Microsoft’s Ballmer excited by Nokia Windows Phone ‘price points and form factors’
Microsoft boss Steve Ballmer has singled out Nokia’s work in developing exciting new hardware for the Windows Phone platform as one of the key drivers of the steady growth’s he’s expecting from the platform in the months to come.
Speaking at Microsoft’s BUILD conference for developers, Ballmer only briefly touched on Windows Phone in his keynote address at an event far more focused on the Windows 8 desktop OS, but still had time to praise Nokia’s vision as a global hardware leader and the extra dimension it has given Windows Phone’s prospects going forward.
Ballmer mentioned the recent announcement of the first Windows Phone Mango handsets from the likes of HTC and Samsung as having given the platform fresh momentum, but made it clear that it was Nokia’s Windows Phones that would really push the boundaries.
“We’re still all anticipating the great work that Nokia will do on its phones as they come to market, and frankly help lead Windows Phone into new geographies and price points and form factors in ways that I think will be very important,” Ballmer said.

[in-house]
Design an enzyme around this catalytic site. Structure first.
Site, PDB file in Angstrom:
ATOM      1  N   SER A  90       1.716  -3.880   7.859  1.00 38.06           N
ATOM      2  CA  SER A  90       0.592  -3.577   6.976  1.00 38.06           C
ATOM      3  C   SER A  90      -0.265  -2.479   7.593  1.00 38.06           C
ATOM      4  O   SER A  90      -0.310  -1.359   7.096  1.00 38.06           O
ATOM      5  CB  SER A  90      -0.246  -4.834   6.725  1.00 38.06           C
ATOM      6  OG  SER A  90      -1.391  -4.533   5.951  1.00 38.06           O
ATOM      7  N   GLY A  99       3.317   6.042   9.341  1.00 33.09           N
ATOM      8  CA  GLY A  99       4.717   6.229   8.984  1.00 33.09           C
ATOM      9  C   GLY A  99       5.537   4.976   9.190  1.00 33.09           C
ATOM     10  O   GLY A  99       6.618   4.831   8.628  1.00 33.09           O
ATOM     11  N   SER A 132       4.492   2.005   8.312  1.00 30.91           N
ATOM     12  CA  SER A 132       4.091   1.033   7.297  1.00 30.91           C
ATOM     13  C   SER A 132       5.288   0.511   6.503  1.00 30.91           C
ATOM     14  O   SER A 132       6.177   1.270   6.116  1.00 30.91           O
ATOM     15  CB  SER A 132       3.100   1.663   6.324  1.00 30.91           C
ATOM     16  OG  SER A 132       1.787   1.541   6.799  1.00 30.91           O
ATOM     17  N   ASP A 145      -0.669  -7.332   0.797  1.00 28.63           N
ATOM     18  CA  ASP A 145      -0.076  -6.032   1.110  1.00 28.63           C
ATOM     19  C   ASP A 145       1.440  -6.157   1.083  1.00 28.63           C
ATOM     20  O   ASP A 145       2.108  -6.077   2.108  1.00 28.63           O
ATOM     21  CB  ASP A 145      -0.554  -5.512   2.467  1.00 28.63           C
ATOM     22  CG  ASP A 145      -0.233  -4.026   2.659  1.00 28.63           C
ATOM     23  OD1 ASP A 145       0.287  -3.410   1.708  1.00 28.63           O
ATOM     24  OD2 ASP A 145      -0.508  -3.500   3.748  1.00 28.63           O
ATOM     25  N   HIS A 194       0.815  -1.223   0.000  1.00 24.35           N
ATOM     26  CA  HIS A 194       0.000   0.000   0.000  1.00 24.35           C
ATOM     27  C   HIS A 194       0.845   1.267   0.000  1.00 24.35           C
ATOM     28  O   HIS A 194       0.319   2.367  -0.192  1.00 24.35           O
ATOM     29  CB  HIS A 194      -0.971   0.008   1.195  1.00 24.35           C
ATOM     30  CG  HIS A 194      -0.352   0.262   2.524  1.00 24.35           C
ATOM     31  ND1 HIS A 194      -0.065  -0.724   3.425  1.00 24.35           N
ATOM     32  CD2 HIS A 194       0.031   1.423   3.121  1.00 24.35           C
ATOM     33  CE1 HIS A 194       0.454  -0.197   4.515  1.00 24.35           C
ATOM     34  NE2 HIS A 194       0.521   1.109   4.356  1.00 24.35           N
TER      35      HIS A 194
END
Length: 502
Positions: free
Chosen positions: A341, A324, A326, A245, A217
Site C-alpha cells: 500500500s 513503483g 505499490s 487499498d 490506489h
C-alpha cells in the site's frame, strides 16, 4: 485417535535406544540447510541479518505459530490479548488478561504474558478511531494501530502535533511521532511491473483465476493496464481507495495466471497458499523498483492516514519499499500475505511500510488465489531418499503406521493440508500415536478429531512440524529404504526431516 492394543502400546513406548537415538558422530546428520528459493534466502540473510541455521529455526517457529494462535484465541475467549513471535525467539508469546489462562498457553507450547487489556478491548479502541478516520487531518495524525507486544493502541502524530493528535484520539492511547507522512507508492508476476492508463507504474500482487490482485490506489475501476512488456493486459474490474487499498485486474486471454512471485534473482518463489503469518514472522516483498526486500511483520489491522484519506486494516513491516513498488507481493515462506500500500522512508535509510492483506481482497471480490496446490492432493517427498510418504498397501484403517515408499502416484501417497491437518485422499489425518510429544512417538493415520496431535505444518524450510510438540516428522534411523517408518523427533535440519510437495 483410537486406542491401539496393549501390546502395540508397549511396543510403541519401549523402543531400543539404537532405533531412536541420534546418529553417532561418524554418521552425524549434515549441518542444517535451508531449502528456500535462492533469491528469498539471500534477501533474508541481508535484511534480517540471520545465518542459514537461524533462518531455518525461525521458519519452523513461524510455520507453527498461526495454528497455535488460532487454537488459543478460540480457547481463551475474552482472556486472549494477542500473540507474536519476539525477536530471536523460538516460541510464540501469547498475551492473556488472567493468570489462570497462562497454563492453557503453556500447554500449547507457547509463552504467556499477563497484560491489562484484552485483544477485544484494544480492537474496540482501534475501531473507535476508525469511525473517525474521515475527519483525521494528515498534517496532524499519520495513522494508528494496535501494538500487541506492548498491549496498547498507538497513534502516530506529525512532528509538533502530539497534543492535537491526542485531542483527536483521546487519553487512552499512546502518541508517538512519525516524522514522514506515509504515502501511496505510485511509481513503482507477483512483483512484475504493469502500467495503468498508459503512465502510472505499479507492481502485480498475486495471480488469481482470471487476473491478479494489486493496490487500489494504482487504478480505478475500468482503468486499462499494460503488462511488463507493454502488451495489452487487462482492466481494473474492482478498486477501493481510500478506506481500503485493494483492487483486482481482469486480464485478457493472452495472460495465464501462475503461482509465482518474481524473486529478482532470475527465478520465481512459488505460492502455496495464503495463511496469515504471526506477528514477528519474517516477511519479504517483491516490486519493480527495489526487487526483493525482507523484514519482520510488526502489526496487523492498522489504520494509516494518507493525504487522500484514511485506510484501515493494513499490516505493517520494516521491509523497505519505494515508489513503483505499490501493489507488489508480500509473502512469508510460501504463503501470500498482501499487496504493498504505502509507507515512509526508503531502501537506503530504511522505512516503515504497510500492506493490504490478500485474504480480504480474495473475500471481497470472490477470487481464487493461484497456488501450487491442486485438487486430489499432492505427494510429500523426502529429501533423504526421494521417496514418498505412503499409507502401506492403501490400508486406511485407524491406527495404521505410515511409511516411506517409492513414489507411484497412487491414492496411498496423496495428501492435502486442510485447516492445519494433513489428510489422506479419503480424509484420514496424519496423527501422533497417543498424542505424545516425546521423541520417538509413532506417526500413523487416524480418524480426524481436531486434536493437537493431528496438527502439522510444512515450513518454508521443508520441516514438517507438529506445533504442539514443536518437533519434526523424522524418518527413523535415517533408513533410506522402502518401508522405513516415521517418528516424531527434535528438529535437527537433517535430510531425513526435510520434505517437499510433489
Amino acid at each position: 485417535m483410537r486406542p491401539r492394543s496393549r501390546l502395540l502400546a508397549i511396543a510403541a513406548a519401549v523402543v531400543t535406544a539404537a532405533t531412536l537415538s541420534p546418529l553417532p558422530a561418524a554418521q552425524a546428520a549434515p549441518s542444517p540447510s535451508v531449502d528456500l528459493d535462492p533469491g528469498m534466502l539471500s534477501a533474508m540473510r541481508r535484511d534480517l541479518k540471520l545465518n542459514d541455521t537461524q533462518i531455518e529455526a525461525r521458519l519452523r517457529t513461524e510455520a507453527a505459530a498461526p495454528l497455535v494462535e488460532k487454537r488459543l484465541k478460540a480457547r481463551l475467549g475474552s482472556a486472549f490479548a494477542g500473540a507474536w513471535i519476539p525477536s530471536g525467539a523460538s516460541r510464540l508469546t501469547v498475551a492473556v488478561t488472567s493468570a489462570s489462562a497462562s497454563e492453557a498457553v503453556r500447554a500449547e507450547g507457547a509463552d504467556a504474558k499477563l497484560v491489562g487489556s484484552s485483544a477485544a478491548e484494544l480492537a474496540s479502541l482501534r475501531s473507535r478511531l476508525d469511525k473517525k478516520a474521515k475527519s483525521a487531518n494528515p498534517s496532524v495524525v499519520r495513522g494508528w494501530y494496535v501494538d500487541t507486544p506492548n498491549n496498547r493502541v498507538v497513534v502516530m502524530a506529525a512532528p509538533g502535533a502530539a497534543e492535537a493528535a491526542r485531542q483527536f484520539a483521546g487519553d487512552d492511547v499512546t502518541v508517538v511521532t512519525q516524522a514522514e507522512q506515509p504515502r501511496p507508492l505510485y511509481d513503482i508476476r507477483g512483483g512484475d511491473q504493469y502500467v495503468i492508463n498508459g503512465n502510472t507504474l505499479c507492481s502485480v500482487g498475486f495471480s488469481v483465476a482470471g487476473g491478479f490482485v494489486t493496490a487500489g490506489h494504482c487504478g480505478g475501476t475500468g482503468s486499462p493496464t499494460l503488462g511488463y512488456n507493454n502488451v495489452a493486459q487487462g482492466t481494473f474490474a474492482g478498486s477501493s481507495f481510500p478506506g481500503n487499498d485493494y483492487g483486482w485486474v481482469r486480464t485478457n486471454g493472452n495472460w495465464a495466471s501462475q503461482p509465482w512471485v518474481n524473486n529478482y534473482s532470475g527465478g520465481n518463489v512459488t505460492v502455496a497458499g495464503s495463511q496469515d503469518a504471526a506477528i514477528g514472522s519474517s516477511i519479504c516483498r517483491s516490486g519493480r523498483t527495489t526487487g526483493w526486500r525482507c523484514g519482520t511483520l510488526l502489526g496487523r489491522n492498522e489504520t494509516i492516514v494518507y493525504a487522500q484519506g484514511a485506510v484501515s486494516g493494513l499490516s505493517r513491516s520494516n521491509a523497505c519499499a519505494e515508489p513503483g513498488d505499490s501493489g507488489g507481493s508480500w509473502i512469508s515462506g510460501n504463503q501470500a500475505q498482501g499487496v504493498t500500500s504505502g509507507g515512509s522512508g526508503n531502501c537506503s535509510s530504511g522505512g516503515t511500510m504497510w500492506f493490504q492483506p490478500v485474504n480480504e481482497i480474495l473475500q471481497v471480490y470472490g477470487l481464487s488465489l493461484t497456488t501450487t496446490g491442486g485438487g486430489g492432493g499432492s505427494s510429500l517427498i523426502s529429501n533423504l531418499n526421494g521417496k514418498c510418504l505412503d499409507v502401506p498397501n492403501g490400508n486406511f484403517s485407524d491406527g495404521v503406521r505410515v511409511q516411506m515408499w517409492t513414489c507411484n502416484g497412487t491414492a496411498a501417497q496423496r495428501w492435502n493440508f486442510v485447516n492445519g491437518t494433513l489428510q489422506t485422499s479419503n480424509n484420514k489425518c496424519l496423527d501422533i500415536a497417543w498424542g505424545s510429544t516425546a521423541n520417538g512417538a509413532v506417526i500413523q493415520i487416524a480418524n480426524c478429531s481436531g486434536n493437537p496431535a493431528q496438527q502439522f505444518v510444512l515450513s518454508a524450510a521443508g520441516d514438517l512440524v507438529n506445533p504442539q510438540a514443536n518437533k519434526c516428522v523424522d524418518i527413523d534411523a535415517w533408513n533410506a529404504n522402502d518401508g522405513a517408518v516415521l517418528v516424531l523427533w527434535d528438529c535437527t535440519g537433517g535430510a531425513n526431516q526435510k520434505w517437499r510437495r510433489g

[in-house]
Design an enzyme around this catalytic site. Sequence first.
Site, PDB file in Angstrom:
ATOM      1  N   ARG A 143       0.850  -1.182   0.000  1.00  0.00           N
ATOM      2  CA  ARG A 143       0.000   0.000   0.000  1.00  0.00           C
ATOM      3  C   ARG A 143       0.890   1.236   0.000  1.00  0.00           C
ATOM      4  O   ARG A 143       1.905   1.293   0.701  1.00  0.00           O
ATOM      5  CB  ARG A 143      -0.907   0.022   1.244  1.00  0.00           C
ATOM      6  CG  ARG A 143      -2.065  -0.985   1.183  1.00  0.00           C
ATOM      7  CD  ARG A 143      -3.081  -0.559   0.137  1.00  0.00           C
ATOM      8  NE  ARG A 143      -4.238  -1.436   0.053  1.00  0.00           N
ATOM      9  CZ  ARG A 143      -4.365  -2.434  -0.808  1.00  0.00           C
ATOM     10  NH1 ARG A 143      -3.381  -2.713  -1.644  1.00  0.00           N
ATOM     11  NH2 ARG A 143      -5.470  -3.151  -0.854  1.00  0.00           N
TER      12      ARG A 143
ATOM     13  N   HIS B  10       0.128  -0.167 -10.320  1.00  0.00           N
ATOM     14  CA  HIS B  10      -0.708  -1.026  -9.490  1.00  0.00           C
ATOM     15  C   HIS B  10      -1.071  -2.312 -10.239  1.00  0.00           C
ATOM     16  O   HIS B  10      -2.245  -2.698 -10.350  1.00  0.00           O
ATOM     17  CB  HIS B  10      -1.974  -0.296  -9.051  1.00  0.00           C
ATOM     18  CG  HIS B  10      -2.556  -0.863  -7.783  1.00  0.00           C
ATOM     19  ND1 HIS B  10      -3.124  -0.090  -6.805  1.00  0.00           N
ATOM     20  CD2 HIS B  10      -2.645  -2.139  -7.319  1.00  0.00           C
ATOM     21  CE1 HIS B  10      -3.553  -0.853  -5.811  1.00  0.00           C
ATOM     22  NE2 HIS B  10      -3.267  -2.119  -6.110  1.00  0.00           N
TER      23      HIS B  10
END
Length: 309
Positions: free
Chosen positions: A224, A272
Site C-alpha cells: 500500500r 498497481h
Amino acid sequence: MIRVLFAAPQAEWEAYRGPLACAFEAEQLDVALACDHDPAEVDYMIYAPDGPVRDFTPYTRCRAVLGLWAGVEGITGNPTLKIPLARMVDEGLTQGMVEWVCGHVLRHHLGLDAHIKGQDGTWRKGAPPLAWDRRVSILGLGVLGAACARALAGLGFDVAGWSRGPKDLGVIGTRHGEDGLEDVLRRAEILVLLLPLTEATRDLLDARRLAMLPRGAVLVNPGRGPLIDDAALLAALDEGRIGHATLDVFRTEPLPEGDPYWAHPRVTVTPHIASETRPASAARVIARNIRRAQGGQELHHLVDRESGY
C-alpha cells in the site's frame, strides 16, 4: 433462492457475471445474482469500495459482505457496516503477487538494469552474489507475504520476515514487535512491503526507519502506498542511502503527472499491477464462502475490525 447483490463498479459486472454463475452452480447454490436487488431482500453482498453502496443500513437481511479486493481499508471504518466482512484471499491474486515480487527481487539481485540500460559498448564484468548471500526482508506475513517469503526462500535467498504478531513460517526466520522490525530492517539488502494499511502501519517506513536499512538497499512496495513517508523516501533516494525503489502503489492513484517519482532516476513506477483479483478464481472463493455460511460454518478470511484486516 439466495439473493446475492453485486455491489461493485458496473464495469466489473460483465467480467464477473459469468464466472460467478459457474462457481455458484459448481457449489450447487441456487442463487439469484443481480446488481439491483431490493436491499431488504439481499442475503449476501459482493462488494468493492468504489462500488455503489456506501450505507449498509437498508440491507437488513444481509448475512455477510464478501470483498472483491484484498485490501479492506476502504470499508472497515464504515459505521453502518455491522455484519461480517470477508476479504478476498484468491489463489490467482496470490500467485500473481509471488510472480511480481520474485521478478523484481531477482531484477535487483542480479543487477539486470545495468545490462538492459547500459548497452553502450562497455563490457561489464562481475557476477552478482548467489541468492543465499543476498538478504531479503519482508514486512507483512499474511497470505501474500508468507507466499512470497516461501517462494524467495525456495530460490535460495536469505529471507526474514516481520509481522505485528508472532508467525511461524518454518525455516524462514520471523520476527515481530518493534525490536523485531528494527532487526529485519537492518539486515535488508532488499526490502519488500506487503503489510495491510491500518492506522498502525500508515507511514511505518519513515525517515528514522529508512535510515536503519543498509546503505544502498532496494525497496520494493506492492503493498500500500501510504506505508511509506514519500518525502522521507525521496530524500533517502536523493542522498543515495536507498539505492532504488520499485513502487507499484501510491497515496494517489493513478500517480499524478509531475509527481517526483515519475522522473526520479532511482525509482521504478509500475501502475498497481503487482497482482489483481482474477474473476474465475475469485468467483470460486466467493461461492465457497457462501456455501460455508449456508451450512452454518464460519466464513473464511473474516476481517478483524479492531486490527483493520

It’s interesting to note the specific mention of price points and form factors. Nokia’s global reach is an obvious plus point, but the remarks confirm suggestions that Nokia will unlock parts of the smartphone market Windows Phone has thus far not had a presence in, which will obviously include more aggressively priced entry-level devices.
This no doubt partly explains the reference to form factor too, but we also take it potentially as good news for the future of the likes of QWERTY business devices in the footsteps of the Nokia E6 and Nokia E7, which thus far have been virtually non-existent in the Windows Phone 7 landscape.
Echoing comments made the other day by Nokia CEO Stephen Elop, Ballmer also spoke about how in developing Windows Phone 7.5 Mango, Microsoft had placed the focus on “revolving life on the phone around the people that are important to you in your life”.
Ballmer also reminded us of the more than 500 new features Mango introduces to a mobile OS looking increasingly stable as the de facto third ecosystem alongside Android and iOS.
We’re hoping to get our first look at the debut Nokia Windows Phone before too long, though we’re still not sure when the all-important announcement will be.
Things are looking good for the Nokia World 2011 event at the end of next month, but there’s certainly been no official confirmation as yet.
What are your latest feelings on the prospect of Nokia and Windows Phone coming together in the wake of Ballmer’s comments? Drop us a line below with your thoughts…